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How to Minimize Harm in Active Shooter Responses

It’s no secret that active shooter incidents are becoming increasingly common in the United States. The Federal Bureau of Investigation found that there had been a 100 percent increase in such incidents between 2016 and 2020, doubling from 20 incidents to 40.

Adding to the danger, active shooter situations unfold rapidly and pose a high risk of injury or killing. Plus, these incidents cost organizations billions of dollars annually while dramatically affecting the productivity and morale of employees.



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Well-considered procedures and strategies are essential to help mitigate the risks from active shooters. Some of the most effective active shooter response strategies pertain to Run. Hide. Fight. training, physical security measures, and environmental design discouraging criminal behavior. But identifying the best technique amid chaos can be tough, with indecision possibly incapacitating stakeholders and putting employees’ lives in imminent danger.  

There’s an urgent need to develop a universal set of actions to help organizational stakeholders make better decisions regarding active shooter incidents. Acting quickly and decisively can be the difference between life and death.

After a thorough analysis of four case studies, the author found that a multidimensional strategy—one that combines the strengths of different response strategies—is best for minimizing harm in active shooter incidents. This type of strategy could prevent nearly 50 percent of casualties in an active assailant incident while significantly enhancing an organization security program’s effectiveness.



A Gap Analysis of One-Dimensional Strategies

While a wealth of research supports the success of one-dimensional strategies for responding to active shooter incidents, this approach isn’t entirely effective for preventing these events and minimizing loss. Additionally, most existing studies focus solely on incidents in specific locations, such as healthcare facilities, places of worship, and schools.

This limited perspective reduces the likelihood of identifying a comprehensive range of strategies that may prove helpful in these events.



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Let’s assess each major active shooter response strategy in detail:

Run. Hide. Fight. The three-step training model was quick to garner recognition as of the most effective active shooter response strategies.

However, it fails to address the “freeze” response that prevents people from deciding the best course of action during an emergency. This can happen with trained individuals as well. In addition, the Run. Hide. Fight. approach is based on linear thinking. With conditions changing by the second in active shooting scenarios, victims can’t afford to evaluate their actions in a sequence.

Finally, this approach is critiqued for pushing people to act as heroes and commit to fighting the shooter. Training to attack an armed opponent takes years to master. Some believe that by including a “fight” option, you are placing people in a no-win situation where they will not survive. Conversely, some believe it reinforces a victim mindset. The criticism is that having run and hide as two options could foster people’s nonaggressive mindsets, leaving them unprepared to fight.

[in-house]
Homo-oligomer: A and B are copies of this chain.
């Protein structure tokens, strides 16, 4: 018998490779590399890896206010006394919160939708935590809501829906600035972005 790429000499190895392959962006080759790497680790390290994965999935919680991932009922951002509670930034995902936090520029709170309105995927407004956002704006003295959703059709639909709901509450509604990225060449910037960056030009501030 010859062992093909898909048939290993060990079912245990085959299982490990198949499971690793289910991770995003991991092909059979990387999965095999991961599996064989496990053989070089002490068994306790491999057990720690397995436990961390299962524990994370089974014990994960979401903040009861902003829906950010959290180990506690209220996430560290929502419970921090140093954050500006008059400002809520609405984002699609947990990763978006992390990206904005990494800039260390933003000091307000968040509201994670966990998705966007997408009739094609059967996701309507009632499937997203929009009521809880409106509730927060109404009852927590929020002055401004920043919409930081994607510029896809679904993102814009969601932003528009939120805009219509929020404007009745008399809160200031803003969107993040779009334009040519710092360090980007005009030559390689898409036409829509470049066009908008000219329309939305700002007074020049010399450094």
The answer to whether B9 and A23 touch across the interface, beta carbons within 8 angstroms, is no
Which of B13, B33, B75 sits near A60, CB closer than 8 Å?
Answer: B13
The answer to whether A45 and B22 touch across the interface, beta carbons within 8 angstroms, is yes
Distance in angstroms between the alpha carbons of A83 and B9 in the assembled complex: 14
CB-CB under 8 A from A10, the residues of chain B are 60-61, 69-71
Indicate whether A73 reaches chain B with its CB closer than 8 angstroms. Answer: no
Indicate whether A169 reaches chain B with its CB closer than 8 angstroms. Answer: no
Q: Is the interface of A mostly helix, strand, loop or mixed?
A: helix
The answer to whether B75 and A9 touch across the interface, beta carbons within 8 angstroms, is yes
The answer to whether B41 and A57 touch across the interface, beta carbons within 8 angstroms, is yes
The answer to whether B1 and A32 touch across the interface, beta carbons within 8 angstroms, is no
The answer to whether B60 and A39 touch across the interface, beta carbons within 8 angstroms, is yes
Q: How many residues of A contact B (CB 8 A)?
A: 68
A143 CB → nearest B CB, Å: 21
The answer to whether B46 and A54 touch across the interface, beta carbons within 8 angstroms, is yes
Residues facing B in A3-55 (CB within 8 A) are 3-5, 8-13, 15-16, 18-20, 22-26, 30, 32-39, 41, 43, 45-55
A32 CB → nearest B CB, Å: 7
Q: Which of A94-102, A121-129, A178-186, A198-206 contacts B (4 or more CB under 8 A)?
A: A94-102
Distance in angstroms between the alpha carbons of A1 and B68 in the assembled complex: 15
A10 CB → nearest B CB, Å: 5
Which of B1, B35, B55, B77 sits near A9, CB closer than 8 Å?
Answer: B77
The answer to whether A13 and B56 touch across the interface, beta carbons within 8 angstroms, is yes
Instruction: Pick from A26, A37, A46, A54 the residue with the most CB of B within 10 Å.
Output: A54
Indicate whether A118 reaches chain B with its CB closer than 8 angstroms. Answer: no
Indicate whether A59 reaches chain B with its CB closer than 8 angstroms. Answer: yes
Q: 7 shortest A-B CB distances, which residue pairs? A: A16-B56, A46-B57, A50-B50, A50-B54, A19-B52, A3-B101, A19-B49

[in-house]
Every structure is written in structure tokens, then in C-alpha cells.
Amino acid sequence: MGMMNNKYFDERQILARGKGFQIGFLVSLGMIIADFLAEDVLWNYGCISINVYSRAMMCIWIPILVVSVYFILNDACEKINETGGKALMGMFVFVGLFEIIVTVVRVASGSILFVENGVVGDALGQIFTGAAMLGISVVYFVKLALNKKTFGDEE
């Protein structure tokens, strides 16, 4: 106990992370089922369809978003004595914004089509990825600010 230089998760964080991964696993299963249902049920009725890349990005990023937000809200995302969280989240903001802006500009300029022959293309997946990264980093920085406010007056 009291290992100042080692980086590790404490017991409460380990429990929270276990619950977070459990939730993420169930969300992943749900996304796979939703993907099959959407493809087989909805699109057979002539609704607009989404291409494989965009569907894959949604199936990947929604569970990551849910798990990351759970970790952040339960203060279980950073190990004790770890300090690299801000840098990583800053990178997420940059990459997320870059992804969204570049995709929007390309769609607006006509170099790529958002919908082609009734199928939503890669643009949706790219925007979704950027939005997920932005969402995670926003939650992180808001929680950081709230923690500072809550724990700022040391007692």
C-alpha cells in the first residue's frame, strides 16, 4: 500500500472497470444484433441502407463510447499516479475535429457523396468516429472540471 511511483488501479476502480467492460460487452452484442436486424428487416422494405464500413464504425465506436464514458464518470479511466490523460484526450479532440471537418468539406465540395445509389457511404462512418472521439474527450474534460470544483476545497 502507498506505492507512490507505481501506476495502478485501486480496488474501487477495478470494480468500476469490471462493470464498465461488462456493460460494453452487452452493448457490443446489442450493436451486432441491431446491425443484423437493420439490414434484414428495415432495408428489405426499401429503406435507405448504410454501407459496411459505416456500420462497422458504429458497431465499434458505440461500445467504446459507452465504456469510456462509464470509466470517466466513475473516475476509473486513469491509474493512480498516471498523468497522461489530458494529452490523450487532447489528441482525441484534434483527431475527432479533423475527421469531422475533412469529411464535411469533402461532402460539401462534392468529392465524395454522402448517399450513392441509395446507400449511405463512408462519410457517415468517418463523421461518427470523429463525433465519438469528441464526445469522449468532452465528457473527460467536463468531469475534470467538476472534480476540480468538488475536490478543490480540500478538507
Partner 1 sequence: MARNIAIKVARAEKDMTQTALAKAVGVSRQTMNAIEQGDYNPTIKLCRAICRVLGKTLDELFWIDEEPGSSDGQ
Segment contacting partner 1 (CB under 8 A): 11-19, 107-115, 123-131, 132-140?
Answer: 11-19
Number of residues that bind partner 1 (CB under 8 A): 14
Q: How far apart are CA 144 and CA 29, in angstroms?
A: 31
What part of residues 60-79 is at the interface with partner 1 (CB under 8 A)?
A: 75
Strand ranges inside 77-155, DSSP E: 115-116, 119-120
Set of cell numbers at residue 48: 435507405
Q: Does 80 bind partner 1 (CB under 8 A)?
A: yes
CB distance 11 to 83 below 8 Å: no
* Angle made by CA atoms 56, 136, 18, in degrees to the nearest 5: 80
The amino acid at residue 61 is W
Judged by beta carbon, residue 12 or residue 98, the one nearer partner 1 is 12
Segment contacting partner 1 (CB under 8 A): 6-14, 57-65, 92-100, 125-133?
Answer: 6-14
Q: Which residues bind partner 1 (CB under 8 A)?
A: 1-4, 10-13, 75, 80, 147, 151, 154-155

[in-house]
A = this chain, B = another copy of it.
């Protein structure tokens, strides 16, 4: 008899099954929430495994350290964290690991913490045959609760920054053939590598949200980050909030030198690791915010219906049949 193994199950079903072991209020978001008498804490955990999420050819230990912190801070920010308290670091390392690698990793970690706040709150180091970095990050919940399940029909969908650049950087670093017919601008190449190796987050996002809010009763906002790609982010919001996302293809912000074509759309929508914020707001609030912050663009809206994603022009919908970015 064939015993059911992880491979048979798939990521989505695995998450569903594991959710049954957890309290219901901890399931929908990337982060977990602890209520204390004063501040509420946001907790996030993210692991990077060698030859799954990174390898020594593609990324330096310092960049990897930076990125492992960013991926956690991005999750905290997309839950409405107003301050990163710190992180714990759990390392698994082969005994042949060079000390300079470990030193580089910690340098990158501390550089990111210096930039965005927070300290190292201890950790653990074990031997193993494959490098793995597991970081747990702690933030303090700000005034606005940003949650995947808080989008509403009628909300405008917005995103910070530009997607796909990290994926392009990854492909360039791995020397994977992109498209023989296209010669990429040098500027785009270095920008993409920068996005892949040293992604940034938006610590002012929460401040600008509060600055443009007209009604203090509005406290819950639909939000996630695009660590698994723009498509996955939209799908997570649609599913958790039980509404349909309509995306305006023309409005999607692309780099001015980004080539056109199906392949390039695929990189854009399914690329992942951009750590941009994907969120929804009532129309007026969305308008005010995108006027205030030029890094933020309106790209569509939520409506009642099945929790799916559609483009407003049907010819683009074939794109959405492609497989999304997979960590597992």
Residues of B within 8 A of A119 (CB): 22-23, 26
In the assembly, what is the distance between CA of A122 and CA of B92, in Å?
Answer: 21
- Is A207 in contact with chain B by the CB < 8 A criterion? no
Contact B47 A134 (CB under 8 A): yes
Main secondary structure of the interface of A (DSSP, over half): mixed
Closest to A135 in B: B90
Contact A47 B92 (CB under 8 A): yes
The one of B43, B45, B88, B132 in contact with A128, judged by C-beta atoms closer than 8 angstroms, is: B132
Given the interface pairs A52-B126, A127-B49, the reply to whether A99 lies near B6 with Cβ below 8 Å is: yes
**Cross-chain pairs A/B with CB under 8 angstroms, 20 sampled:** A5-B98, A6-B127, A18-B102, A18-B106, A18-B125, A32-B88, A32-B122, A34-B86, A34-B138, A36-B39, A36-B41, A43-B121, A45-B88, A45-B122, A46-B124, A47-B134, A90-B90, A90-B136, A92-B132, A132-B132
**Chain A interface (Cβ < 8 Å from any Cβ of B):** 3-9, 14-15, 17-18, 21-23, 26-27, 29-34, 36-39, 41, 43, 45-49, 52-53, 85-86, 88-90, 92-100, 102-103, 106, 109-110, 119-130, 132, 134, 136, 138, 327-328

Physical security measures. Early warning systems, security cameras, and armed security guards significantly improve the effectiveness of an active shooter response. But organizations often face challenges when implementing these security measures in particular locations, including schools and hospitals. Besides, such security measures require large investments, which not all organizations can afford.

Additionally, some staff members in settings with ample security measures don’t use them or bypass them because of the lack of training or operation failures. This was the case at Marjory Stoneman Douglas High School, where security failed to lock a gate that later allowed the shooter unrestricted access to the campus. Additionally, there was an operational failure of the locking mechanism at Robb Elementary School in Uvalde, Texas, which again allowed the shooter unrestricted access to the school.

Environmental design. Incorporating design elements like glazed glass windows and ballistic barriers is a helpful strategy for discouraging criminal behavior and keeping active shooters at bay. Relying on this approach alone doesn’t prevent active shooter incidents or reduce casualties, though. The high cost also acts as a barrier, leaving organizations with poor design features that fail to deter active shooters.

So, what’s next? Look into multidimensional active shooter responses.


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The Need for a Multidimensional Active Shooter Response

The complexity and high-risk scale of active shooter situations warrant a multidimensional response that can be applied across locations universally. 

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Gene Petrino is cofounder of Survival Response LLC. He is a decorated law enforcement officer, former SWAT commander, and educator. For nearly 30 years, he has gained in-depth expertise in tactical command, security threat analysis, and active shooter instruction.

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